Have you ever been in line at the supermarket and noticed that when you scan your items a red light comes out? These red lights come out of barcode scanners, and the reason why they are red is actually quite simple!
If you want to learn more about what barcode scanners are and why they use red light, then please keep on reading to learn more!
A barcode is a representation of numerals and characters that consist of bars and spaces at varying width which are readable by machines, or barcode scanners.
They are very useful for the swift identification of different products. Barcodes are often placed on packages of products sold in numerous settings, like grocery stores, convenience stores, shopping malls, and much more.
Barcodes are composed of three different parts. These are as follows:
1). The Quiet Zone, or the margin. The quiet zone is the margin located at both ends of a barcode. The minimum distance between two barcodes, or the outermost bar of one barcode to the next, is around 2.5 millimetres. Quiet zones must be appropriately sized in order for the barcode scanner to be able to read barcodes sufficiently.
2). The Start and Stop Character. The start and stop characters, as the name suggests, are the characters that are found at the beginning and the end of the barcode data. They differ depending on what type of barcode is at hand.
3). Lastly, the Check Digit. The check digit is the digit that tells you whether or not the encoded barcode data is correct.
Generally, barcodes can be classified into two types. The first type is the 1D barcodes, which makes use of lines that store information like product type, colour, and size.
The second type is 2D barcodes, which are known to be more complex and can include more information such as quantity, price, and even images. Smartphones and image scanners are able to read 2D barcodes, and not 1D barcodes
As such, barcode scanners work by scanning a red light onto a barcode to interpret the code and decipher information about the product itself.
You’d be surprised to know that the answer is simple: red light is more economic! Barcode scanners like the ones typically found in supermarkets make use of lasers that are known as “diode lasers.”
Diode lasers are known for their ability to operate from electrical power and, of course, for their small size, which contributes to a lot of conveniences.
Laser diodes are also known as a semiconductor laser, which is capable of causing laser oscillation by flowing electric currents to a semiconductor. Once the current flows to the p-n semiconductor junction of the laser, then a light will be generated and emitted.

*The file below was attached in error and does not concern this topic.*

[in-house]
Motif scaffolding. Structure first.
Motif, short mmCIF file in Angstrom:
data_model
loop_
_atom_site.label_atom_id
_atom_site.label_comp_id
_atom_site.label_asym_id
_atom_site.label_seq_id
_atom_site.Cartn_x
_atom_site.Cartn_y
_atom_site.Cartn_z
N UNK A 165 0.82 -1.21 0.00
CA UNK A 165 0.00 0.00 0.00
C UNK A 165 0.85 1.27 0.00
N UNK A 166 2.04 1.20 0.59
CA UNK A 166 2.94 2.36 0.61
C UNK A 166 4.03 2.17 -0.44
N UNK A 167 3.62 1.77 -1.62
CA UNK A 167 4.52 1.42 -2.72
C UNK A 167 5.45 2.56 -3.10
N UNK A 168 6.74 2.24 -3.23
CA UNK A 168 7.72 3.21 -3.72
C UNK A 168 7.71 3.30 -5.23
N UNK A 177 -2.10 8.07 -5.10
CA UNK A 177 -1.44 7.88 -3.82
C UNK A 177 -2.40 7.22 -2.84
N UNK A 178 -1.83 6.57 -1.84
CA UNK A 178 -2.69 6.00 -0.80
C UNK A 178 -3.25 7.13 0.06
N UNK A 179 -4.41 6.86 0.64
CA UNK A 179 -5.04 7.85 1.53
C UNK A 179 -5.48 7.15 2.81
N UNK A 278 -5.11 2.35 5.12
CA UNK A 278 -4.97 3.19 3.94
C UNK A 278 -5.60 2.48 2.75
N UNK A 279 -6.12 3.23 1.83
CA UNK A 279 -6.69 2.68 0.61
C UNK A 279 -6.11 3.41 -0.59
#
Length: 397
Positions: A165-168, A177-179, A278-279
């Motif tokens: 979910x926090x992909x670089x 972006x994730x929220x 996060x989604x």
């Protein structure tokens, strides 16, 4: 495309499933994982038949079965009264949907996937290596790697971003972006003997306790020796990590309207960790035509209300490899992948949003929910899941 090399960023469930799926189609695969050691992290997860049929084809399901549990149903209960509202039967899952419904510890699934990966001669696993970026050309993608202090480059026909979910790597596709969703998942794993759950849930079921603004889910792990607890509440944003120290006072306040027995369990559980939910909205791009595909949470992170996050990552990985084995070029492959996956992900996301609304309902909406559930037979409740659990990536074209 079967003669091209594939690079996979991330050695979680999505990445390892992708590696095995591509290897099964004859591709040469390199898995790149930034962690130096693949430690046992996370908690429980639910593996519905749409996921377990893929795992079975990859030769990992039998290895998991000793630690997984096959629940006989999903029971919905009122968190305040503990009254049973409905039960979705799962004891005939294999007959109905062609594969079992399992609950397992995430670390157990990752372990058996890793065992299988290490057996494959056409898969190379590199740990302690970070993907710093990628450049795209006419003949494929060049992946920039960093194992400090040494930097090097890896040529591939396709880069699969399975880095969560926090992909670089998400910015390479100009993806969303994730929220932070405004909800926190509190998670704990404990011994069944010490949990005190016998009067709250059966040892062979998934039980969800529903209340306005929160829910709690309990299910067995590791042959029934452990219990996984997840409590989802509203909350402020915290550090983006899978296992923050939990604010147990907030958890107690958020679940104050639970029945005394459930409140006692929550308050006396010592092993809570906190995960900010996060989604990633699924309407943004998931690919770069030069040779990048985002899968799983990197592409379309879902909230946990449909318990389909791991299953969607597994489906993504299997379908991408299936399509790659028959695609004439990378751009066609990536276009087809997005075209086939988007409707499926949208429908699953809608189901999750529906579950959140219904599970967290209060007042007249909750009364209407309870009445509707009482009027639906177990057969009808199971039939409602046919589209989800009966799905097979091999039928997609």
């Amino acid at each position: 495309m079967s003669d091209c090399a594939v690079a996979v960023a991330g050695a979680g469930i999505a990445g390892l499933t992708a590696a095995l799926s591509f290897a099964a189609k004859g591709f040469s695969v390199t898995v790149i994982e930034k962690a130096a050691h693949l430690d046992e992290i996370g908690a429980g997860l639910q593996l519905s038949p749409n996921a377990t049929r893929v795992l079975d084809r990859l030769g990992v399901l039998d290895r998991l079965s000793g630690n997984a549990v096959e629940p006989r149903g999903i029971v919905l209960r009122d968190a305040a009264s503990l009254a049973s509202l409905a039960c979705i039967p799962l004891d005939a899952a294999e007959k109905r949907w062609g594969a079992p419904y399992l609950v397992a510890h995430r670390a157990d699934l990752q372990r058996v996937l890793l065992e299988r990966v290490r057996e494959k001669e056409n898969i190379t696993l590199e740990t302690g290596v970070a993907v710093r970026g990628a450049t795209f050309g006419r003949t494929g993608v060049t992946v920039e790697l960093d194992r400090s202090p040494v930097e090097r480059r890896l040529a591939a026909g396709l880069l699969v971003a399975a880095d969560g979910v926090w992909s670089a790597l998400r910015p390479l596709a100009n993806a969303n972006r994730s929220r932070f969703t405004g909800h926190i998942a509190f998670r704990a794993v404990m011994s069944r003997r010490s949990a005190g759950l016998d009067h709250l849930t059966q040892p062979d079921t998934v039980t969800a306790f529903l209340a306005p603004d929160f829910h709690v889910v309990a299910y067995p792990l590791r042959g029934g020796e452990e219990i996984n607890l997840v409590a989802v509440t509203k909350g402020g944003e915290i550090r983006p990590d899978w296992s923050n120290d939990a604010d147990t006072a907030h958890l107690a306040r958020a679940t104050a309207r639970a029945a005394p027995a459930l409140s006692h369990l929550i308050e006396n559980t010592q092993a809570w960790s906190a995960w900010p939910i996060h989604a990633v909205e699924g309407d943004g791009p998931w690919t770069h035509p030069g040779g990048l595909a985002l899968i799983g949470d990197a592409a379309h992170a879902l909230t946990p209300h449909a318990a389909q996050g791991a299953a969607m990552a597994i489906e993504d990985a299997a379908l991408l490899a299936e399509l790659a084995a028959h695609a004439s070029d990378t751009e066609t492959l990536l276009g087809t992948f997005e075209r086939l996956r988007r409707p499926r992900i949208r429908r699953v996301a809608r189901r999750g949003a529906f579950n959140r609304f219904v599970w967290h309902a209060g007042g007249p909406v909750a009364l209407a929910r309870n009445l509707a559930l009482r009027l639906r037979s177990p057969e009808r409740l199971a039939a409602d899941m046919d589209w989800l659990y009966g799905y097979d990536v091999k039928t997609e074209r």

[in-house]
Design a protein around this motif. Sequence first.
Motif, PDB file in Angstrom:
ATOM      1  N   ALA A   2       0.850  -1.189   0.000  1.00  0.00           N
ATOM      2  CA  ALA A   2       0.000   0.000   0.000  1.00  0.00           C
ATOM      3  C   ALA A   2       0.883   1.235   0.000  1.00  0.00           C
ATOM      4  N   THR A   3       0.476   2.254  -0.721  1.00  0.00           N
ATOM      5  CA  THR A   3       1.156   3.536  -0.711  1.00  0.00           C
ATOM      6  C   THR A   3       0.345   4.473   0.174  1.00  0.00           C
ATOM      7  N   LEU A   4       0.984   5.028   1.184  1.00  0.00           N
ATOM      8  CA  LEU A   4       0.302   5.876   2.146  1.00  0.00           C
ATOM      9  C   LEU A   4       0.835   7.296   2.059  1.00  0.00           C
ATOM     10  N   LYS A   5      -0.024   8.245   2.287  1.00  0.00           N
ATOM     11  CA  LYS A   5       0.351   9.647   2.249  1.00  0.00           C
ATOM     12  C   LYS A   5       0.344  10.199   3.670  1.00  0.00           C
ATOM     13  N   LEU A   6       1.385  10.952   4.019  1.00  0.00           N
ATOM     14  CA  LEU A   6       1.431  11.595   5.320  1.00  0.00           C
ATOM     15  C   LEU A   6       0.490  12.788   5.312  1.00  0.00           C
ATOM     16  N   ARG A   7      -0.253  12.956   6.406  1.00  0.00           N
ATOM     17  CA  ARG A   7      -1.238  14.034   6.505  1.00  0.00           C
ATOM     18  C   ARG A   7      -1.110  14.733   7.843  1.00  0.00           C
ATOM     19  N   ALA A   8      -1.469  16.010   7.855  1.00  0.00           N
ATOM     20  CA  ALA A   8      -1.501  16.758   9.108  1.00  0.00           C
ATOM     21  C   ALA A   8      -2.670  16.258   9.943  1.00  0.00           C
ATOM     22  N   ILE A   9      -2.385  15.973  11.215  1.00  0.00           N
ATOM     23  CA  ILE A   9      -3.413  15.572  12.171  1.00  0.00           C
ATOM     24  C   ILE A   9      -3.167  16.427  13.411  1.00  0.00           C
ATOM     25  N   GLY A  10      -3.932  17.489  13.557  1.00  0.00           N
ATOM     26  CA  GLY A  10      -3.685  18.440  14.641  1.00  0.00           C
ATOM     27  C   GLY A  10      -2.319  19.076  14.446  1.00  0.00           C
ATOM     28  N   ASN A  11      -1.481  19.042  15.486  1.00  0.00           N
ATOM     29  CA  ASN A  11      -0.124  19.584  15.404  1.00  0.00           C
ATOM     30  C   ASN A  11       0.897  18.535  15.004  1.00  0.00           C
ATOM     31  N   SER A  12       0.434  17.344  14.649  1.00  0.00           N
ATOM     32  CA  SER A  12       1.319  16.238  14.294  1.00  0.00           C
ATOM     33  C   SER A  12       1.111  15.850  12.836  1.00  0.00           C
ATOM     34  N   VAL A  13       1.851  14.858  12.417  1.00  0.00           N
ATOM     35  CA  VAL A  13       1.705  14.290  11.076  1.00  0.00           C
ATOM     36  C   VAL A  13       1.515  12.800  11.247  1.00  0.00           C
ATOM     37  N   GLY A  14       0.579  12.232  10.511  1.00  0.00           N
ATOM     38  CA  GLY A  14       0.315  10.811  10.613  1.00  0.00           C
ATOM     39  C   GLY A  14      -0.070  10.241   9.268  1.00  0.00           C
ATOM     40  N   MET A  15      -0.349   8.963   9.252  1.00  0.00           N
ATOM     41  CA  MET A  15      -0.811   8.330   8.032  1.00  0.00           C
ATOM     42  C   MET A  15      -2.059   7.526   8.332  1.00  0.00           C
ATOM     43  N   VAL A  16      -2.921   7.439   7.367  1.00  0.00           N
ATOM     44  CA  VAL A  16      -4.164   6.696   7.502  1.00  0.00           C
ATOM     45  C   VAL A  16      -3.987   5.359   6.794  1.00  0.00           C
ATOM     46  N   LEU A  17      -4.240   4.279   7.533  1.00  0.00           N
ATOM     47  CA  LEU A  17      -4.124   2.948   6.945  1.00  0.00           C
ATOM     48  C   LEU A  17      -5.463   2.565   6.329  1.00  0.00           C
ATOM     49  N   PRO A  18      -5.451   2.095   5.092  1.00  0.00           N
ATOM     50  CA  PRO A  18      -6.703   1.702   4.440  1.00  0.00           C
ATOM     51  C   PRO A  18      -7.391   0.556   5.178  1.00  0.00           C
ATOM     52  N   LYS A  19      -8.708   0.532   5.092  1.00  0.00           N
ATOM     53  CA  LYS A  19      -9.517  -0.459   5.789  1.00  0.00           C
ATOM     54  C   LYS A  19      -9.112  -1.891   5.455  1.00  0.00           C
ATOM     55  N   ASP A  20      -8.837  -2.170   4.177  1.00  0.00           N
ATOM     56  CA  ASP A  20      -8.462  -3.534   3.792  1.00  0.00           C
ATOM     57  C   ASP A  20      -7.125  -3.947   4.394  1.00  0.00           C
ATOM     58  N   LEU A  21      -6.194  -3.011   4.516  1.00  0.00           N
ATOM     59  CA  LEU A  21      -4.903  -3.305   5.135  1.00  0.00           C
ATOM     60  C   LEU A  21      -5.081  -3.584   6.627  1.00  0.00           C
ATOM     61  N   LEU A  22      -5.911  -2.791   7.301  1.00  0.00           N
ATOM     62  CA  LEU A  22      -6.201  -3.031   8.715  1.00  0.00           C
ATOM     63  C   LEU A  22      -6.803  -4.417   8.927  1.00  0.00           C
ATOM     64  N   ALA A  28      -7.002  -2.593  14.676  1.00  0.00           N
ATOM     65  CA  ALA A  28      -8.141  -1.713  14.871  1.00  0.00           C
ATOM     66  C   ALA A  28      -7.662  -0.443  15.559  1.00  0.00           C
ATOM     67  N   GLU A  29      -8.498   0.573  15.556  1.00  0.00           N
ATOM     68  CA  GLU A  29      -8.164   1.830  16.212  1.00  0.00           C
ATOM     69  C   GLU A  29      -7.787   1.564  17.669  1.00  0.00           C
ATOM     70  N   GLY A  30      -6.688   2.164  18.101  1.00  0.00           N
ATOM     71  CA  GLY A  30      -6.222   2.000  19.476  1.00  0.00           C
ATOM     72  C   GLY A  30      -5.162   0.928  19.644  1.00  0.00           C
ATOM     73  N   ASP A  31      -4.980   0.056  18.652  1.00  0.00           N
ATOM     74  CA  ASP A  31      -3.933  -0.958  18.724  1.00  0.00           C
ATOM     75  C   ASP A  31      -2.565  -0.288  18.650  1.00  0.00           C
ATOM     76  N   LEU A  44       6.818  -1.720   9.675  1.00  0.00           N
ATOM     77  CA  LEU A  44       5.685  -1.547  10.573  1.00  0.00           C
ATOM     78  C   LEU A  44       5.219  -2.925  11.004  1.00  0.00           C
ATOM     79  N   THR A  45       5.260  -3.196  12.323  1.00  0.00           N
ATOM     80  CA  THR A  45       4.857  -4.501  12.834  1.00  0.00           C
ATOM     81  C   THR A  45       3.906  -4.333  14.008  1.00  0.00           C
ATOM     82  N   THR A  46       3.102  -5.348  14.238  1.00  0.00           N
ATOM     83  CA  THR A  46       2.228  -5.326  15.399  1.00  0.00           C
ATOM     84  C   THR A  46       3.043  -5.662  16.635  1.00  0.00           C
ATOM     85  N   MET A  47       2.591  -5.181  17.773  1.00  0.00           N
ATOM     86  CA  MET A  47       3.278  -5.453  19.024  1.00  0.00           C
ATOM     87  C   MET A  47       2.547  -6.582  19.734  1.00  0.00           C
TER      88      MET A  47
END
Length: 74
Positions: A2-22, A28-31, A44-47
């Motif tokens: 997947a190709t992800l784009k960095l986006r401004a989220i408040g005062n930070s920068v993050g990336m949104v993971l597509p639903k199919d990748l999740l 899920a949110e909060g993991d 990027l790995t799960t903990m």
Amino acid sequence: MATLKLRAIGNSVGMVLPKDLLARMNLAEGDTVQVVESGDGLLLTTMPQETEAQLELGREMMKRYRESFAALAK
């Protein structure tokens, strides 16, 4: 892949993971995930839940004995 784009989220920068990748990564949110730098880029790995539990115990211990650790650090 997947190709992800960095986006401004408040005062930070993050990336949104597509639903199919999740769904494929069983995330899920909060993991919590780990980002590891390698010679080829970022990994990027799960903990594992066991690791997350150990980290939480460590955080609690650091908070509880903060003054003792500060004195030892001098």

Why does this matter? Well, if you use different materials as the semiconductor, this may lead to different band gaps which ultimately produces different wavelengths of light or basic colours.
Barcode scanners are known to use red laser diodes because laser diodes that emit red light are known to be much cheaper to produce, hence the reason why many barcode scanners use red light.
Essentially, it is all due to economic reasons. Technically, barcode scanners can use any colour of light; however, red lasers are significantly cheaper and much simpler in comparison to other colours.
Red light is also known to have longer wavelengths, which are advantageous because photodiodes, or the reader of the scanner, are known to respond better to these types of wavelengths,
Using a blue light will require a more expensive and specialised laser. However, there are some barcode scanners that use green light because some barcodes cannot be read by red light.
Today, barcodes have made our lives much more convenient, making checking out at the grocery store as efficient as it can be. We can see how technology has truly transformed the way we live our lives every day!
With this, barcode scanners make use of red light to scan barcodes, mainly because lasers that produce red light are known to be much cheaper. With longer wavelengths, red colours are also much more responsive to barcode scanners. However, you may find that some lasers make use of green light, and this is because some barcodes cannot be read by a red light.
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This includes Inventory Management, Portable Barcode Readers, Supply Chain Management, Time and Attendance and Asset Tracking to name but a few.
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